CORTLAND — State environmental officials are expected to release a report this afternoon about the foul odor that sent more then 60 people from Cortland Elementary School to the hospital Tuesday.
This morning, a field inspector with the Illinois Environmental Protection Agency visited the Waste Management facility in Cortland where the odor originated, as well as Cortland Elementary School.
The odor became trapped in school vents Tuesday and caused several students and staff members to experience low levels of carbon monoxide exposure.
Donna Shehane, a field inspector from the agency's regional office in Rockford, is expected to file a report later this afternoon that could include information about the incident and any potential sanctions the agency could enforce, agency spokeswoman Kim Biggs said.
Shehane's report will include written summaries of the events from Waste Management and DeKalb School District 428, as well as information on what substance could have caused students' and staff members' nausea, vomitting and headaches.
"During the site visit our field inspector takes a sample to determine what gases were emitted with the smell," Biggs said.
Waste Management officials said Tuesday the smell was released when contractors working at the site hit a pocket of older decomposing garbage. The wind then carried the smell to the school.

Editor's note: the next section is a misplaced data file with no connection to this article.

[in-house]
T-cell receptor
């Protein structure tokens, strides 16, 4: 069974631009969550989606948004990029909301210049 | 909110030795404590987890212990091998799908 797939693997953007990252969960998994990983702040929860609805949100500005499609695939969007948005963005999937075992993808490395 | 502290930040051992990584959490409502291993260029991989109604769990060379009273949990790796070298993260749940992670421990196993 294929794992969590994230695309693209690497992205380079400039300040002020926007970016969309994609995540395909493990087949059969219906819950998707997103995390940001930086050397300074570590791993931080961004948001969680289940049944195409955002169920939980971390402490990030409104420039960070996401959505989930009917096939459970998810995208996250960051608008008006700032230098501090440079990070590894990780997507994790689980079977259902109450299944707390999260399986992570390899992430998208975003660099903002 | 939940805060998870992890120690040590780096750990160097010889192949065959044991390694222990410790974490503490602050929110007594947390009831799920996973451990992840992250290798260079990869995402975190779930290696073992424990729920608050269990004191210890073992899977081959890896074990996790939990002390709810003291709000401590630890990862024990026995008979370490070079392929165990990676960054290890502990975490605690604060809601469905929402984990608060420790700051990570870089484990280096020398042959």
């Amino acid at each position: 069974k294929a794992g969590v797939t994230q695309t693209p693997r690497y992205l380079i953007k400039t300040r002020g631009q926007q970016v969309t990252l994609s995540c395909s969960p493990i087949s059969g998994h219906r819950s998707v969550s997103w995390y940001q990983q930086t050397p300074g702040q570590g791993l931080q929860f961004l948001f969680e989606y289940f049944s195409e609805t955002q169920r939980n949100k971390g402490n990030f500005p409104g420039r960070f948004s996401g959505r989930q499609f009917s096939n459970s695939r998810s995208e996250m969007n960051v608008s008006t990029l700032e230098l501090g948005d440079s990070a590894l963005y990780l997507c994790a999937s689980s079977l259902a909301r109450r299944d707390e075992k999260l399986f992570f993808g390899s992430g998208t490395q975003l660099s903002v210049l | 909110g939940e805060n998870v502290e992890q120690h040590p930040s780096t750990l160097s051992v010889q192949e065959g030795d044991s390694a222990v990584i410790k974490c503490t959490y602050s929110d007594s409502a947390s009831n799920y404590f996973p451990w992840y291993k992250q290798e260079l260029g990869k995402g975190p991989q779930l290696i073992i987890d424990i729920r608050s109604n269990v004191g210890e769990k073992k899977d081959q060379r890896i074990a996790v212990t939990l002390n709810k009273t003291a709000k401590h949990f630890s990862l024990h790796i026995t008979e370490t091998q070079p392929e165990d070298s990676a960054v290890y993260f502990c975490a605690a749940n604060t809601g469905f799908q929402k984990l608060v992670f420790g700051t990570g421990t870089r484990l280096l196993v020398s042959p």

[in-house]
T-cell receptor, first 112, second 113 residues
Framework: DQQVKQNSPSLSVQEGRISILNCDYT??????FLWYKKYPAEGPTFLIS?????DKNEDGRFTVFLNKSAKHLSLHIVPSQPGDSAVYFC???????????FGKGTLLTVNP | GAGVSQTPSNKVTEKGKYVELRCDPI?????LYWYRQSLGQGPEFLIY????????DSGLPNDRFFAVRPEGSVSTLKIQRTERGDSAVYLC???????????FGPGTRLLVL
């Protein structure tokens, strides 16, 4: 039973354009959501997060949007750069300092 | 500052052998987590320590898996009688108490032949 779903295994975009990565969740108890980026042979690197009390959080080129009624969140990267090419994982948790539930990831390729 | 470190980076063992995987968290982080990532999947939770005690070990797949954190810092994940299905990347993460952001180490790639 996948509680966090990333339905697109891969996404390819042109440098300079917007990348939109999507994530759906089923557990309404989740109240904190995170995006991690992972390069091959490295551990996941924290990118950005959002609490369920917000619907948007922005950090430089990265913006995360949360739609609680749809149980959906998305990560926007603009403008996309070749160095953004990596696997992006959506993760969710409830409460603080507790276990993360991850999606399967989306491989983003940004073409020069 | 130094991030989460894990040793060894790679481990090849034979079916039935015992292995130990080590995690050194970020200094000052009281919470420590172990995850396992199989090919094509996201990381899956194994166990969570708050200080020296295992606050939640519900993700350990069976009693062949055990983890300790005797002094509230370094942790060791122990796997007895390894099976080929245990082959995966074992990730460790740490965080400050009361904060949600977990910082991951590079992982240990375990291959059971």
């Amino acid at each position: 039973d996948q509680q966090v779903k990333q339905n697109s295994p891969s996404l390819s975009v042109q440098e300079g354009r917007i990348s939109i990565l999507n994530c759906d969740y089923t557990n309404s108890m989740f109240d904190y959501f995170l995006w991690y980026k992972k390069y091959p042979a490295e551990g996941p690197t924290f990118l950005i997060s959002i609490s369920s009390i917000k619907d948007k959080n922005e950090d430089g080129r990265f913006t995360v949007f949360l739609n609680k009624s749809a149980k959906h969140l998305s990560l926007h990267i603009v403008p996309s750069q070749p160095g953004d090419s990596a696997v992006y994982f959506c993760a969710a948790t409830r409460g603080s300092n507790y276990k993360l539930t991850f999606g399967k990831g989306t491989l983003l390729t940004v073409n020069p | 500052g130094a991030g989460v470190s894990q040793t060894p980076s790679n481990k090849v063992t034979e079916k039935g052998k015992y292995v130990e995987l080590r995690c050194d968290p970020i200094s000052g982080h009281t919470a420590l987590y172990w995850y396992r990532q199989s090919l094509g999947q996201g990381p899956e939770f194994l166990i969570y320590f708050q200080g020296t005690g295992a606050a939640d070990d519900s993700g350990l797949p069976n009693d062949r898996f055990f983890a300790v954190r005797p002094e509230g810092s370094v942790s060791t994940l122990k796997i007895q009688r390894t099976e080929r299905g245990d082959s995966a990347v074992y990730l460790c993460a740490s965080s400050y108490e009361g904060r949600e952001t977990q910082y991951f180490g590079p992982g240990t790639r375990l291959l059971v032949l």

The Illinois Environmental Protection Agency's department of community relations is working on a press release that will provide parents and community members with more information on the incident.
In the meantime, school is back in session.
"Everything is back to normal," said Kimberly Lyle, Cortland Elementary principal.
While 63 people were treated at Kishwaukee Hospital for low-level carbon monoxide exposure Tuesday, readings taken by the emergency personnel at the school never registered any readings for air contaminants, fire officials said. The school's hydrogen sulfide monitor also never indicated harmful gas was present.
Absences today are slightly higher than normal, but those could also be attributed to a spreading flu, Lyle said.